College district to keep supporting Early College High

COSTA MESA — The Coast Community College District trustees voted Wednesday night to continue supporting a high school that allows students to earn college credits.

The trustees voted unanimously to continue a memorandum of understanding with the Newport-Mesa Unified School District to operate Early College High School.

Early College, which opened in August 2006, allows students to get a high school diploma while earning either an associate's degree or a vocational certificate, or completing two years of college credits toward a bachelor's degree. The school currently is based on Coastline Community College's Costa Mesa campus on East Mesa Verde Drive.

The memorandum extends the agreement by one more year to June 1, 2012. The original agreement, which was for five years, expired July 1.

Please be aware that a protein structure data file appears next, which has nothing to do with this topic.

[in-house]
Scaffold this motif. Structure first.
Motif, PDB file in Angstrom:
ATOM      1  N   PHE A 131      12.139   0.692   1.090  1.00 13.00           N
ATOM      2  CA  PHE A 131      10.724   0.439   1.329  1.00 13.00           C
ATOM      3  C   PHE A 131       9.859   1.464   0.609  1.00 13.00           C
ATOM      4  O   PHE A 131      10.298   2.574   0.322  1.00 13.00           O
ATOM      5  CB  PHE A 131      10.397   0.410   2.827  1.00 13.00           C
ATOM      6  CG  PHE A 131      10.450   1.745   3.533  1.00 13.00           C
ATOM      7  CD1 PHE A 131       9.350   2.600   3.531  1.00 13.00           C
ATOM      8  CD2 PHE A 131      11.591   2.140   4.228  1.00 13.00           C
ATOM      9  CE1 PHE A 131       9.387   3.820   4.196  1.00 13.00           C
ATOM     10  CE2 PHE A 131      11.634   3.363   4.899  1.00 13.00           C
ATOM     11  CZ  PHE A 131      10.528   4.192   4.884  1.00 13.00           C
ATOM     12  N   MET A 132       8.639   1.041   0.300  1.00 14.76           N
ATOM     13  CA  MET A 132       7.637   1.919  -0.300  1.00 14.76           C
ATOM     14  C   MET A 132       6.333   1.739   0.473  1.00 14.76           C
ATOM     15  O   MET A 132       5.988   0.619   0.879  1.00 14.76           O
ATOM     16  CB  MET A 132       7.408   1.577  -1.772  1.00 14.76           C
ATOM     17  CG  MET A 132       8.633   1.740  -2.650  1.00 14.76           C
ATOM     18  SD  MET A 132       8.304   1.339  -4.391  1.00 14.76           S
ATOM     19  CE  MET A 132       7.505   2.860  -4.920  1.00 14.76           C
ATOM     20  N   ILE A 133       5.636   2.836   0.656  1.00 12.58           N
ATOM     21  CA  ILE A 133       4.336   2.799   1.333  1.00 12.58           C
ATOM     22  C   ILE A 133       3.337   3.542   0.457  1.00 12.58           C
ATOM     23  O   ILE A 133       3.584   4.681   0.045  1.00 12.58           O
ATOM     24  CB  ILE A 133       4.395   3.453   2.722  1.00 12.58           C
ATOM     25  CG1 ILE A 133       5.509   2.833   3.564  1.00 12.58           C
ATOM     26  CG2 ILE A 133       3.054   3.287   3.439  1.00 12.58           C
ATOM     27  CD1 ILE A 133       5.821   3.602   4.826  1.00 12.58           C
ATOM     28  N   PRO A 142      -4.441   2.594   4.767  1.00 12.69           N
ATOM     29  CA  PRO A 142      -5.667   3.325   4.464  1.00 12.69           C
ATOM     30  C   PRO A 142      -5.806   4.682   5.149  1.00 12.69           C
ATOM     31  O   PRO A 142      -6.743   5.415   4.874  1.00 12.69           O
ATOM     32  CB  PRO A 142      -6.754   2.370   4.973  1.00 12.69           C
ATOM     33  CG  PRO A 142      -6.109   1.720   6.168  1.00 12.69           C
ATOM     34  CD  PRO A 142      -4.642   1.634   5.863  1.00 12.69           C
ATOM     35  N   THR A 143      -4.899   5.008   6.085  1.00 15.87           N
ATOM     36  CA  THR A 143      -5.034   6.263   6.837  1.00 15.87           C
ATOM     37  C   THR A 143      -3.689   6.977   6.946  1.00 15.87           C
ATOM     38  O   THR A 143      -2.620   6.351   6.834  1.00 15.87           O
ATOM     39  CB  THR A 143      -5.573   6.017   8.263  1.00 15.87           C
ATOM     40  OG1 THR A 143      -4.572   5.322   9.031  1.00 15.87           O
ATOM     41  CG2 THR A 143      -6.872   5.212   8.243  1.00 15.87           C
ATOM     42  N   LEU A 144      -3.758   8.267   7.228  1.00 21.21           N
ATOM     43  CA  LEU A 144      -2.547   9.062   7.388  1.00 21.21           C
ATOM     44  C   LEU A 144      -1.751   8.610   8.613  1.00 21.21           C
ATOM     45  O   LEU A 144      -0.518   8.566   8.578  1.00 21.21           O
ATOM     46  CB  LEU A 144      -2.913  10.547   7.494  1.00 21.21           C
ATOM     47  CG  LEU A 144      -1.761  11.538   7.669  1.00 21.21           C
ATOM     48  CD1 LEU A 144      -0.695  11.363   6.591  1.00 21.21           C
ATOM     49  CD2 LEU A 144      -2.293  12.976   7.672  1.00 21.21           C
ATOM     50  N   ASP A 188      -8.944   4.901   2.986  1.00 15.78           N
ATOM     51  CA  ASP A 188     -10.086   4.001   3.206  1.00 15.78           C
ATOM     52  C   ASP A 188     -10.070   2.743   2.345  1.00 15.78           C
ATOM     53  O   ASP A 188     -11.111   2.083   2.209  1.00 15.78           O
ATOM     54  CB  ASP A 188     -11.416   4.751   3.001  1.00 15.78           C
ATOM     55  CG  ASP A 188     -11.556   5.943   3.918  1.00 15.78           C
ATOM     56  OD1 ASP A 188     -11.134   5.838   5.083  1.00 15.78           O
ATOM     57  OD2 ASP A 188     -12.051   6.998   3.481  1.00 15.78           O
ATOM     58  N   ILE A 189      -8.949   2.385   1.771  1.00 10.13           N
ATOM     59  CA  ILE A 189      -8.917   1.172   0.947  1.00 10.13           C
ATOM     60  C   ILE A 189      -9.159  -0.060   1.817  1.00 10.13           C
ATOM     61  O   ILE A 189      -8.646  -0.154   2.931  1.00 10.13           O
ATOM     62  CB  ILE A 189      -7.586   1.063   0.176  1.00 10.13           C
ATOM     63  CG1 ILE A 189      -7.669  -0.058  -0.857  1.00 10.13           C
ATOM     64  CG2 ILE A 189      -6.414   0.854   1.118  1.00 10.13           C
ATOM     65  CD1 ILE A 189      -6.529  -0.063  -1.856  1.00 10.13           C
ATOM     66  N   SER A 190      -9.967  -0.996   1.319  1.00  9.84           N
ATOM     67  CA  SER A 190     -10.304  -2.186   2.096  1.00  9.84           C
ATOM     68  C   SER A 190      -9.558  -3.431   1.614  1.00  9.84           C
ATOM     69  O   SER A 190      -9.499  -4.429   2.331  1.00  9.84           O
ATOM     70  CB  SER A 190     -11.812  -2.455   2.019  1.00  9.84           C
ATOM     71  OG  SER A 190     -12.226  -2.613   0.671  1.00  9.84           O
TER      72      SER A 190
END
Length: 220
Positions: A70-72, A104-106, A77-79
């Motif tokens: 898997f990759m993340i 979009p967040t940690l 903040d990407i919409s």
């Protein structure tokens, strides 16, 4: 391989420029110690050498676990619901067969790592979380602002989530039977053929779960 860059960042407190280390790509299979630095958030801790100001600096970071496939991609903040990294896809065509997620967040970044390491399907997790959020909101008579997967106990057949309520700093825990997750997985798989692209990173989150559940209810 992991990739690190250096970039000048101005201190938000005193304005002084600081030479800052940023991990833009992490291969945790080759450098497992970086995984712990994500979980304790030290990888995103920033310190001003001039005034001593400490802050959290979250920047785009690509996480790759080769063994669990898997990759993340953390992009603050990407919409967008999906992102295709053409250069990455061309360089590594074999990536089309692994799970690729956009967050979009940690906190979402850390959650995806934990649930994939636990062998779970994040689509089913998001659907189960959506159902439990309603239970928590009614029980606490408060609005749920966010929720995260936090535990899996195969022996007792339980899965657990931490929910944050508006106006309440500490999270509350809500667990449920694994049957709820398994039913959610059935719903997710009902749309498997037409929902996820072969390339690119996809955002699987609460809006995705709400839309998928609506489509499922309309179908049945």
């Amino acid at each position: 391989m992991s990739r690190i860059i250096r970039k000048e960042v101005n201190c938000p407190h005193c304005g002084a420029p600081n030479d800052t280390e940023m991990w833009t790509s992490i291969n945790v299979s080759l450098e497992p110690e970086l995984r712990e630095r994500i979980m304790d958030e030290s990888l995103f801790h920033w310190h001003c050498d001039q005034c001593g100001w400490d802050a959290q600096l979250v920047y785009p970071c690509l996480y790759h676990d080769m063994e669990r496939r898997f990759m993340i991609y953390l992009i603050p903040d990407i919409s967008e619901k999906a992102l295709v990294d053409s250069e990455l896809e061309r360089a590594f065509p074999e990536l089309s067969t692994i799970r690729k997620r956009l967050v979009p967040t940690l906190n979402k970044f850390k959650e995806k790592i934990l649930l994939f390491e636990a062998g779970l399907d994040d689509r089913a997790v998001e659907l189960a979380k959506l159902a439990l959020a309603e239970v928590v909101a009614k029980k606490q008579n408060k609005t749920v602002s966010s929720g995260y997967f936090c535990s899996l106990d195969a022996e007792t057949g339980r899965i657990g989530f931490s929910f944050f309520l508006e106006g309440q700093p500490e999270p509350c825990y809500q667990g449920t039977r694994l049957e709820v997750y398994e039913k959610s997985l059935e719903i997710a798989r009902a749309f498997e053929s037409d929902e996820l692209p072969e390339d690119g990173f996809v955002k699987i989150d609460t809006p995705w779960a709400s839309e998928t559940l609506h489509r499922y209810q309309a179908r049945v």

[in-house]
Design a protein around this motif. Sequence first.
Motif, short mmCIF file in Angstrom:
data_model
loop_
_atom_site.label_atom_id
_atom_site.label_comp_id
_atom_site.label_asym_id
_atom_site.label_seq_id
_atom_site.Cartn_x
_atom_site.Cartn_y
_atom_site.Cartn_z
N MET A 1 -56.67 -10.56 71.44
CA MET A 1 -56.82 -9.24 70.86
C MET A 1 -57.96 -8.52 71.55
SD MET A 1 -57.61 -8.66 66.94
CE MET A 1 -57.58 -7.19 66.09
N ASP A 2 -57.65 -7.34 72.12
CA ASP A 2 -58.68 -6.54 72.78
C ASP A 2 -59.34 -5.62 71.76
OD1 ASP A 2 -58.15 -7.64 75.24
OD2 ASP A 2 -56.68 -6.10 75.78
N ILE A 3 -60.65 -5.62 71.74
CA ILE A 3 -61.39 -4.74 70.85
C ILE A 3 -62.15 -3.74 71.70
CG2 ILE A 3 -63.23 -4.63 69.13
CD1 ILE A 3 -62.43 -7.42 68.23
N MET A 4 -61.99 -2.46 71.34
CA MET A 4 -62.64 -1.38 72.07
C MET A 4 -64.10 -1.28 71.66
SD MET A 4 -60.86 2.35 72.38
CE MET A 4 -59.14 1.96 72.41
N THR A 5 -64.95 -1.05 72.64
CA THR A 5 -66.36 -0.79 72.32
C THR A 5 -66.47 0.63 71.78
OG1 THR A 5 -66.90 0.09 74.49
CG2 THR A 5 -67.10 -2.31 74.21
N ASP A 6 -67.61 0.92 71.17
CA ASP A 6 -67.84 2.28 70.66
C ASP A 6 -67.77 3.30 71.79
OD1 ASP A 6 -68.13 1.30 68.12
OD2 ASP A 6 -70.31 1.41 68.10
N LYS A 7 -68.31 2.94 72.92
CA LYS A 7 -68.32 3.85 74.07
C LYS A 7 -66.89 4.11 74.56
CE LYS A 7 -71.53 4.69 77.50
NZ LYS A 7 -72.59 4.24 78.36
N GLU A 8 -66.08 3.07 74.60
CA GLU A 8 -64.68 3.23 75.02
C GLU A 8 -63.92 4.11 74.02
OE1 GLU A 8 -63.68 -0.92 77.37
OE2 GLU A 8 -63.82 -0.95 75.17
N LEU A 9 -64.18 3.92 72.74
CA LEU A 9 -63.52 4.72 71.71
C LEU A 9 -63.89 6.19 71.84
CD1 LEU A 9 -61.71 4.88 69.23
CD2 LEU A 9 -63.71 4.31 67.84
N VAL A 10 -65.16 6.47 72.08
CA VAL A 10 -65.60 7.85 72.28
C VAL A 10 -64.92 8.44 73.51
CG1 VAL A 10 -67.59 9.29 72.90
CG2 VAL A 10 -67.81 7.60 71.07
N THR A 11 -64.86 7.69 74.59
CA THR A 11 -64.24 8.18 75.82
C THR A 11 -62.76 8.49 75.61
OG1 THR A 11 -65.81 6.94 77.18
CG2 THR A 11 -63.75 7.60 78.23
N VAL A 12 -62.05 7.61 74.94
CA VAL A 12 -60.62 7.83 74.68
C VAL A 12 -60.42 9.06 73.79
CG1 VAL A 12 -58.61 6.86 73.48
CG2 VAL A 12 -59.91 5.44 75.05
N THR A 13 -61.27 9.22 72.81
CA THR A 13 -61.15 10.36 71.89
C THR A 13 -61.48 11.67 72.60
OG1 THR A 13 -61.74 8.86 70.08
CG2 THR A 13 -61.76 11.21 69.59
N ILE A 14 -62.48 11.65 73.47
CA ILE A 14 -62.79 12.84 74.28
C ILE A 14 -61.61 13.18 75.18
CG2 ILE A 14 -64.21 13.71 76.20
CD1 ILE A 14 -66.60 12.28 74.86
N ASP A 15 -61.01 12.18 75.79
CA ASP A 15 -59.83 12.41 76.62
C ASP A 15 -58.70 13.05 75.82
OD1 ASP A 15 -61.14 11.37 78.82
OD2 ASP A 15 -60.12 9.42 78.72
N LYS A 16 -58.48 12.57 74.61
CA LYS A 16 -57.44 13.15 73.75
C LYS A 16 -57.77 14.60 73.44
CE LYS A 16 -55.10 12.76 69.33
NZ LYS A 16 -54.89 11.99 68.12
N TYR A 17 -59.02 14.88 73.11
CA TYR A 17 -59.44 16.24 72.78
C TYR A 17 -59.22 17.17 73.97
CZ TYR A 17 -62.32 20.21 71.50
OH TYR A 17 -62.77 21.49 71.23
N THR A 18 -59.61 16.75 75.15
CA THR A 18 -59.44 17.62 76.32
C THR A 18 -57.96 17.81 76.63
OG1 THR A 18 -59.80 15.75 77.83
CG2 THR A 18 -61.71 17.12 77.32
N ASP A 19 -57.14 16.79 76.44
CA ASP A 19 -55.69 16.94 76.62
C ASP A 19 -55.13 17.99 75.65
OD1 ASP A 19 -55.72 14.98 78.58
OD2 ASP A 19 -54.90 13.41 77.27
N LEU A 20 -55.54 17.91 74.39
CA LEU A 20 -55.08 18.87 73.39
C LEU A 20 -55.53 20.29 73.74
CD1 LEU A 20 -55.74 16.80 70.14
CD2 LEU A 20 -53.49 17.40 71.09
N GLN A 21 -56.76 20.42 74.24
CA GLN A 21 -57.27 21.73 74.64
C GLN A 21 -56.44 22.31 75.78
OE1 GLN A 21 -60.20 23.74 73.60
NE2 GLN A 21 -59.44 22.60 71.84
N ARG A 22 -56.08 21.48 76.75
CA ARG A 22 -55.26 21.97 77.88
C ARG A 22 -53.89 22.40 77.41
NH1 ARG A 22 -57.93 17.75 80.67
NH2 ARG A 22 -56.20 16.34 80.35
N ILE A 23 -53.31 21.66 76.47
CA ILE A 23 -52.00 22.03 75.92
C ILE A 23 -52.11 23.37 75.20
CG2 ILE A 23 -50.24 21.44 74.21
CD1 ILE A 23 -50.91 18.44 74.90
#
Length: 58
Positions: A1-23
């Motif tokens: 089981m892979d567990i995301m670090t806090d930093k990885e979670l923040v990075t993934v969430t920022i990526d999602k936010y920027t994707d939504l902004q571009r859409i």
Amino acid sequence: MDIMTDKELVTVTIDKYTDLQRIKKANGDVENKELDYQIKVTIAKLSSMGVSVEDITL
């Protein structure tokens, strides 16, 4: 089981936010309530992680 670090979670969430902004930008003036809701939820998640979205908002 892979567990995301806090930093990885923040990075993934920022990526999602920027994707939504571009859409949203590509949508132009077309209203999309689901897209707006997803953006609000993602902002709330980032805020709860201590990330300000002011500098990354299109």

The college district is being more prudent with its financial obligations by moving toward shorter-term commitments during uncertain fiscal times, Coastline's Costa Mesa campus Dean Ted Boehler has said.

Despite the one-year deal, Coastline has included Early College in its long-term plans, Coastline spokeswoman Michelle Ma has said, adding that the school is slated to move to the college's Newport Beach facility, which opens in fall 2012.

The agreement's expiration coincides with the end of a $500,000 grant from the Bill & Melinda Gates Foundation.

The program will stay intact with only minor changes, such as fewer art classes, to focus on courses that are transferable to four-year colleges.

The new agreement continues Coastline's obligation to cover students' college tuition, rental textbooks and field trips related to college classes. The college is still working out how to cover the costs of the rental textbooks, Boehler has said.

The agreement lists Coastline's financial obligation at $40,000 for a part-time counselor and an administrative support employee.

Newport-Mesa Unified's obligations stay pretty much the same, with the addition of another full-time employee, according to N-MUSD spokeswoman Laura Boss.

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